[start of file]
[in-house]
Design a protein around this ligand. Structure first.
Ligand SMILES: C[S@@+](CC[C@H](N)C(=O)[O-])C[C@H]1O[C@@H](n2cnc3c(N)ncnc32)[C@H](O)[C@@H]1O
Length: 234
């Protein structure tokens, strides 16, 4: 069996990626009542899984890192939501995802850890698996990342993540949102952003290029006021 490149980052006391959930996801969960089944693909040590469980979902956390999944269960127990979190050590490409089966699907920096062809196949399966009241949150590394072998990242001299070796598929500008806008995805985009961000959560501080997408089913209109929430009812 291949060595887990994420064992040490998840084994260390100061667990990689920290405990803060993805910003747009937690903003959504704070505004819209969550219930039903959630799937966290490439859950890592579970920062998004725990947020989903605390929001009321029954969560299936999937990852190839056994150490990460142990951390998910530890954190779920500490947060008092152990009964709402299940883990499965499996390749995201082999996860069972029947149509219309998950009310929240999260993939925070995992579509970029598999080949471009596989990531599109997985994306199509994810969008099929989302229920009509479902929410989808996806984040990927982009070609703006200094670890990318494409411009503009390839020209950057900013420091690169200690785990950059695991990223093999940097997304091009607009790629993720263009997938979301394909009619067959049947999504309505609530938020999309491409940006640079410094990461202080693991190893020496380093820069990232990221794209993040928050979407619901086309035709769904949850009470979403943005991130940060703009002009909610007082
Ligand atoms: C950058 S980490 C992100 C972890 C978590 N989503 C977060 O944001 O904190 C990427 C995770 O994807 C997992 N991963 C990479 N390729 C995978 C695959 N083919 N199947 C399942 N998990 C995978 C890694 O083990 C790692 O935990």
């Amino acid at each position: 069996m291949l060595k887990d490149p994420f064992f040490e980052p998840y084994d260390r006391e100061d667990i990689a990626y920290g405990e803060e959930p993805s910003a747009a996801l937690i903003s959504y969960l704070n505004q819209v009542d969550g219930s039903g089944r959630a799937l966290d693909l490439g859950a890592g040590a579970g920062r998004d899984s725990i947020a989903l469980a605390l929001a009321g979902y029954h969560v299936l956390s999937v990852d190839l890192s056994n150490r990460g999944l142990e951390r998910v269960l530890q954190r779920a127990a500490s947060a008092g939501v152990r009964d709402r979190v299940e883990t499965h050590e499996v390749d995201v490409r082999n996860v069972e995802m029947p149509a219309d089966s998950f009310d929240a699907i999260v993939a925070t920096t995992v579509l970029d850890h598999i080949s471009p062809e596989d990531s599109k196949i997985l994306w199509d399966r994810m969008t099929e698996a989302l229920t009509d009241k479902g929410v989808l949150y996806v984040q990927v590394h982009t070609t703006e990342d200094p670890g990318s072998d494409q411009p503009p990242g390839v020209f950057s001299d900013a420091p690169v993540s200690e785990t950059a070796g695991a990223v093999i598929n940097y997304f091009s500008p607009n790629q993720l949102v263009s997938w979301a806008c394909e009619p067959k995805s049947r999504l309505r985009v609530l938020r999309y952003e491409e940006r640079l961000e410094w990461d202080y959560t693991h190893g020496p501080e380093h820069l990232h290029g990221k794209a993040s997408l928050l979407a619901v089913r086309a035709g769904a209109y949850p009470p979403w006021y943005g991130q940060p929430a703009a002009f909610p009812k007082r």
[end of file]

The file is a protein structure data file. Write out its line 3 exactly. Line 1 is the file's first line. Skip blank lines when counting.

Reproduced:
Ligand SMILES: C[S@@+](CC[C@H](N)C(=O)[O-])C[C@H]1O[C@@H](n2cnc3c(N)ncnc32)[C@H](O)[C@@H]1O